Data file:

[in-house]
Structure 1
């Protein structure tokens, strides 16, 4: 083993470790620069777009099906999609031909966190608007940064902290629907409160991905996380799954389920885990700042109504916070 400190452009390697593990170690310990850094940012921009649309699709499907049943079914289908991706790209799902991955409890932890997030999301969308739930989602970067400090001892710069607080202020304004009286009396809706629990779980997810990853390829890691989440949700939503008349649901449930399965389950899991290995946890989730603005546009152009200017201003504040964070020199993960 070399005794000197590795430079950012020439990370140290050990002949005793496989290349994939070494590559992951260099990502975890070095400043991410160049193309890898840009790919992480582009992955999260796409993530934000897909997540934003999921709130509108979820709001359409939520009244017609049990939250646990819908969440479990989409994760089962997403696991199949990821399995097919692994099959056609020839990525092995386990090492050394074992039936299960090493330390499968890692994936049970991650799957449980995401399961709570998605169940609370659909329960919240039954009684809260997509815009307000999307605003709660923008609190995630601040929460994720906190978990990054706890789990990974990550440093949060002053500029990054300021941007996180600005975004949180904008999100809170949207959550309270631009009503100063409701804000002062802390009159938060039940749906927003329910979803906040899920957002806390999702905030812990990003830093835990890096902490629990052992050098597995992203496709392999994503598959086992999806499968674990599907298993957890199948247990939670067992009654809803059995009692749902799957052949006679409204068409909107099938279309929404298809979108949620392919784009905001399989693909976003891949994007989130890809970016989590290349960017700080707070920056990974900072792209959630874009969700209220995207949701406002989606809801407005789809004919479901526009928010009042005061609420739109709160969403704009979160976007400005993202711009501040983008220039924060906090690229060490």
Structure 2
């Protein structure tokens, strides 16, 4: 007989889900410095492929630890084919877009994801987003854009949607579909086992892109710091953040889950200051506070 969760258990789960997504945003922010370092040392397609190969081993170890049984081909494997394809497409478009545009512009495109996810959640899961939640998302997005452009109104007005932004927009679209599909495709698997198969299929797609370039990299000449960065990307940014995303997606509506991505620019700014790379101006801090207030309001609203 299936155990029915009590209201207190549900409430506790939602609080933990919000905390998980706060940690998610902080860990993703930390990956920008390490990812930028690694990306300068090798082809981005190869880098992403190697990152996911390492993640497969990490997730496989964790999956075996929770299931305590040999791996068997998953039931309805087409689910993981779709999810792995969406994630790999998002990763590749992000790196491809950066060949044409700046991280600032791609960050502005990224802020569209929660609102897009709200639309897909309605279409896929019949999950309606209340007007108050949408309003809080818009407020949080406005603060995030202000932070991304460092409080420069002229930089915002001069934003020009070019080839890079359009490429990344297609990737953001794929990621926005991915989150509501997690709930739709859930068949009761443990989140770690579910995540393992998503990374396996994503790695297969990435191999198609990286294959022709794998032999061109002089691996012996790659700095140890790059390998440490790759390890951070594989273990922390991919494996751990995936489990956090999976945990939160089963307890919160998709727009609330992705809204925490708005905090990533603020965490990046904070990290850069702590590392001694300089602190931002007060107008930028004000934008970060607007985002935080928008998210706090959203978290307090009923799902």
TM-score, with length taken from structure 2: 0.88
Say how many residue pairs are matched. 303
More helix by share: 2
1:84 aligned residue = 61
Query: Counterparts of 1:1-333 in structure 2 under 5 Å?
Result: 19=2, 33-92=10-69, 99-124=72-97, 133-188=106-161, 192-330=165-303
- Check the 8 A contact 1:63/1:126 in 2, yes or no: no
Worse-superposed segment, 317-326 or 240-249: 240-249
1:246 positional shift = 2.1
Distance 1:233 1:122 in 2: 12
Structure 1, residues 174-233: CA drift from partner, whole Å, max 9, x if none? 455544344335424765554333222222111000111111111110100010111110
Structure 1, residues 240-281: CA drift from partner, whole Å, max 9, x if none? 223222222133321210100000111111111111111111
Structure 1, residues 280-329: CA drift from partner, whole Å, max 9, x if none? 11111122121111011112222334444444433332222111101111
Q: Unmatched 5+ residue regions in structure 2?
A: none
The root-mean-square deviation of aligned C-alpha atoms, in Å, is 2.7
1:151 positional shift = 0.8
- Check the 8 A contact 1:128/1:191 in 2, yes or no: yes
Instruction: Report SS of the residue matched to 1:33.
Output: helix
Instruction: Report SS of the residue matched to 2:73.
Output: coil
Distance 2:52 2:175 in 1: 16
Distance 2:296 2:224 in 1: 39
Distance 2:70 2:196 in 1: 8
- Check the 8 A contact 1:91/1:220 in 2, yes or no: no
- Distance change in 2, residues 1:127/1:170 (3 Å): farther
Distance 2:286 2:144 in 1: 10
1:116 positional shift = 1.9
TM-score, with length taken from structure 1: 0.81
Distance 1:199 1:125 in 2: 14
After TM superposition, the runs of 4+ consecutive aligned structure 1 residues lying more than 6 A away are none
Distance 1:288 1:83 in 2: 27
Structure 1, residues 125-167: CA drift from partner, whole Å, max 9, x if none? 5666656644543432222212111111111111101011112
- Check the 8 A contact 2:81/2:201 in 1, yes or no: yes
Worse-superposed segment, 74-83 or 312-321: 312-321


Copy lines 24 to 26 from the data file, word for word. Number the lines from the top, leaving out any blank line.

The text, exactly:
Instruction: Report SS of the residue matched to 1:33.
Output: helix
Instruction: Report SS of the residue matched to 2:73.